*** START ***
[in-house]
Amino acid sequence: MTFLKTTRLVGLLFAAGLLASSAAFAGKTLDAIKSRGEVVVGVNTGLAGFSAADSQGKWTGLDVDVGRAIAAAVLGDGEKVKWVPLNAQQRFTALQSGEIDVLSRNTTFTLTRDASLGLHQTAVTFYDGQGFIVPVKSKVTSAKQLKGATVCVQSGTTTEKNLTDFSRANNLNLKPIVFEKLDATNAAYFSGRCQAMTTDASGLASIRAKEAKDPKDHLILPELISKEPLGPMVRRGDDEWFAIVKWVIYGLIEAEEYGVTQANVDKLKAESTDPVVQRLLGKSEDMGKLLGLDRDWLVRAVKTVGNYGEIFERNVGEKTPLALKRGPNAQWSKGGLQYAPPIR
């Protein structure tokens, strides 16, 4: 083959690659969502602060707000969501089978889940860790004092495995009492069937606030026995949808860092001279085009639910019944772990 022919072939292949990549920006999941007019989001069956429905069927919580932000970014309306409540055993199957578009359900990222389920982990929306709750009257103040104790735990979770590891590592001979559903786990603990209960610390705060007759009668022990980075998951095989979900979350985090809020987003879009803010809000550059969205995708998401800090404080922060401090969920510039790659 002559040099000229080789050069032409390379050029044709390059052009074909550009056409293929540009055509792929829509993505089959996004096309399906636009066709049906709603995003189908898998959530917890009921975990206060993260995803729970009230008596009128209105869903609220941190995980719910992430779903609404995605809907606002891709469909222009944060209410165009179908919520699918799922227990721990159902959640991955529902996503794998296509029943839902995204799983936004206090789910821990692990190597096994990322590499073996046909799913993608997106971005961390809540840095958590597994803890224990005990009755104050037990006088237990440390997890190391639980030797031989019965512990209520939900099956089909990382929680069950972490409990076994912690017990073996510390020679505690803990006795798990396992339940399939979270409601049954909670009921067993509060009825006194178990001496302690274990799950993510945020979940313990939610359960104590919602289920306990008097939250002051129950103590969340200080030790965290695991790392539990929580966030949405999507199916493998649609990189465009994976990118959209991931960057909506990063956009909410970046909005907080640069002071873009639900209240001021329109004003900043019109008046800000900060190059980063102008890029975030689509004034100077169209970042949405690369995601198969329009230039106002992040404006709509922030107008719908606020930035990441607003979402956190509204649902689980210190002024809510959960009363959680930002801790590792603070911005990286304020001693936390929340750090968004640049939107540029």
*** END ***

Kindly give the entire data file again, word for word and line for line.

[in-house]
Amino acid sequence: MTFLKTTRLVGLLFAAGLLASSAAFAGKTLDAIKSRGEVVVGVNTGLAGFSAADSQGKWTGLDVDVGRAIAAAVLGDGEKVKWVPLNAQQRFTALQSGEIDVLSRNTTFTLTRDASLGLHQTAVTFYDGQGFIVPVKSKVTSAKQLKGATVCVQSGTTTEKNLTDFSRANNLNLKPIVFEKLDATNAAYFSGRCQAMTTDASGLASIRAKEAKDPKDHLILPELISKEPLGPMVRRGDDEWFAIVKWVIYGLIEAEEYGVTQANVDKLKAESTDPVVQRLLGKSEDMGKLLGLDRDWLVRAVKTVGNYGEIFERNVGEKTPLALKRGPNAQWSKGGLQYAPPIR
């Protein structure tokens, strides 16, 4: 083959690659969502602060707000969501089978889940860790004092495995009492069937606030026995949808860092001279085009639910019944772990 022919072939292949990549920006999941007019989001069956429905069927919580932000970014309306409540055993199957578009359900990222389920982990929306709750009257103040104790735990979770590891590592001979559903786990603990209960610390705060007759009668022990980075998951095989979900979350985090809020987003879009803010809000550059969205995708998401800090404080922060401090969920510039790659 002559040099000229080789050069032409390379050029044709390059052009074909550009056409293929540009055509792929829509993505089959996004096309399906636009066709049906709603995003189908898998959530917890009921975990206060993260995803729970009230008596009128209105869903609220941190995980719910992430779903609404995605809907606002891709469909222009944060209410165009179908919520699918799922227990721990159902959640991955529902996503794998296509029943839902995204799983936004206090789910821990692990190597096994990322590499073996046909799913993608997106971005961390809540840095958590597994803890224990005990009755104050037990006088237990440390997890190391639980030797031989019965512990209520939900099956089909990382929680069950972490409990076994912690017990073996510390020679505690803990006795798990396992339940399939979270409601049954909670009921067993509060009825006194178990001496302690274990799950993510945020979940313990939610359960104590919602289920306990008097939250002051129950103590969340200080030790965290695991790392539990929580966030949405999507199916493998649609990189465009994976990118959209991931960057909506990063956009909410970046909005907080640069002071873009639900209240001021329109004003900043019109008046800000900060190059980063102008890029975030689509004034100077169209970042949405690369995601198969329009230039106002992040404006709509922030107008719908606020930035990441607003979402956190509204649902689980210190002024809510959960009363959680930002801790590792603070911005990286304020001693936390929340750090968004640049939107540029």